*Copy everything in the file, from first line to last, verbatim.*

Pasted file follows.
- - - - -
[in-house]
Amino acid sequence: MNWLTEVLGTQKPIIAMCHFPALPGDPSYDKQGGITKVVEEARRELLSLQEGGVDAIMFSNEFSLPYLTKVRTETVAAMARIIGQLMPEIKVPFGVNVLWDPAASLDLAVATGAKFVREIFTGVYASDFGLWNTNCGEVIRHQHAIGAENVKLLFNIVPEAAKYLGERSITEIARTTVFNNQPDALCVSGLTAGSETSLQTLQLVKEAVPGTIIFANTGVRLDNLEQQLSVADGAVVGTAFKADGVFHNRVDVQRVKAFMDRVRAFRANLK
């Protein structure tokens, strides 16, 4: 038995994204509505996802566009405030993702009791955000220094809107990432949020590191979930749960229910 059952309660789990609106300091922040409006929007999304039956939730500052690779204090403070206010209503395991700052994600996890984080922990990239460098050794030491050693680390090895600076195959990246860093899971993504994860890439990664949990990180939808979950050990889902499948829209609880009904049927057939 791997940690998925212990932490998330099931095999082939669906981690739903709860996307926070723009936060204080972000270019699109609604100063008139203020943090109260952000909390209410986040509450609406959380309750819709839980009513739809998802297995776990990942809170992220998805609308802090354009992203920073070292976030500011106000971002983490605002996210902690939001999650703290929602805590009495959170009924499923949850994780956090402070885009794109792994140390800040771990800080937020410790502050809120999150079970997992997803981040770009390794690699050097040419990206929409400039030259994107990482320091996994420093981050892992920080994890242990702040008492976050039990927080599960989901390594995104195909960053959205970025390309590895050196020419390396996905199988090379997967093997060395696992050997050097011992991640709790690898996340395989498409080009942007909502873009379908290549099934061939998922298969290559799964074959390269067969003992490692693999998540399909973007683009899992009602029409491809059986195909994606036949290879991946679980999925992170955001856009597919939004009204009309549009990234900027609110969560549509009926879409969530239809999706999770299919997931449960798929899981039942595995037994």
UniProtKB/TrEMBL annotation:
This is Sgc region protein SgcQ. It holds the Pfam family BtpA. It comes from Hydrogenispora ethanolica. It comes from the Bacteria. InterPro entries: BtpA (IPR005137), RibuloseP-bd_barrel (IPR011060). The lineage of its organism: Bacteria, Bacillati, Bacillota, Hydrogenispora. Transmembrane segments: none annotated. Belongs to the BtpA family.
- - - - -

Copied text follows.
[in-house]
Amino acid sequence: MNWLTEVLGTQKPIIAMCHFPALPGDPSYDKQGGITKVVEEARRELLSLQEGGVDAIMFSNEFSLPYLTKVRTETVAAMARIIGQLMPEIKVPFGVNVLWDPAASLDLAVATGAKFVREIFTGVYASDFGLWNTNCGEVIRHQHAIGAENVKLLFNIVPEAAKYLGERSITEIARTTVFNNQPDALCVSGLTAGSETSLQTLQLVKEAVPGTIIFANTGVRLDNLEQQLSVADGAVVGTAFKADGVFHNRVDVQRVKAFMDRVRAFRANLK
């Protein structure tokens, strides 16, 4: 038995994204509505996802566009405030993702009791955000220094809107990432949020590191979930749960229910 059952309660789990609106300091922040409006929007999304039956939730500052690779204090403070206010209503395991700052994600996890984080922990990239460098050794030491050693680390090895600076195959990246860093899971993504994860890439990664949990990180939808979950050990889902499948829209609880009904049927057939 791997940690998925212990932490998330099931095999082939669906981690739903709860996307926070723009936060204080972000270019699109609604100063008139203020943090109260952000909390209410986040509450609406959380309750819709839980009513739809998802297995776990990942809170992220998805609308802090354009992203920073070292976030500011106000971002983490605002996210902690939001999650703290929602805590009495959170009924499923949850994780956090402070885009794109792994140390800040771990800080937020410790502050809120999150079970997992997803981040770009390794690699050097040419990206929409400039030259994107990482320091996994420093981050892992920080994890242990702040008492976050039990927080599960989901390594995104195909960053959205970025390309590895050196020419390396996905199988090379997967093997060395696992050997050097011992991640709790690898996340395989498409080009942007909502873009379908290549099934061939998922298969290559799964074959390269067969003992490692693999998540399909973007683009899992009602029409491809059986195909994606036949290879991946679980999925992170955001856009597919939004009204009309549009990234900027609110969560549509009926879409969530239809999706999770299919997931449960798929899981039942595995037994």
UniProtKB/TrEMBL annotation:
This is Sgc region protein SgcQ. It holds the Pfam family BtpA. It comes from Hydrogenispora ethanolica. It comes from the Bacteria. InterPro entries: BtpA (IPR005137), RibuloseP-bd_barrel (IPR011060). The lineage of its organism: Bacteria, Bacillati, Bacillota, Hydrogenispora. Transmembrane segments: none annotated. Belongs to the BtpA family.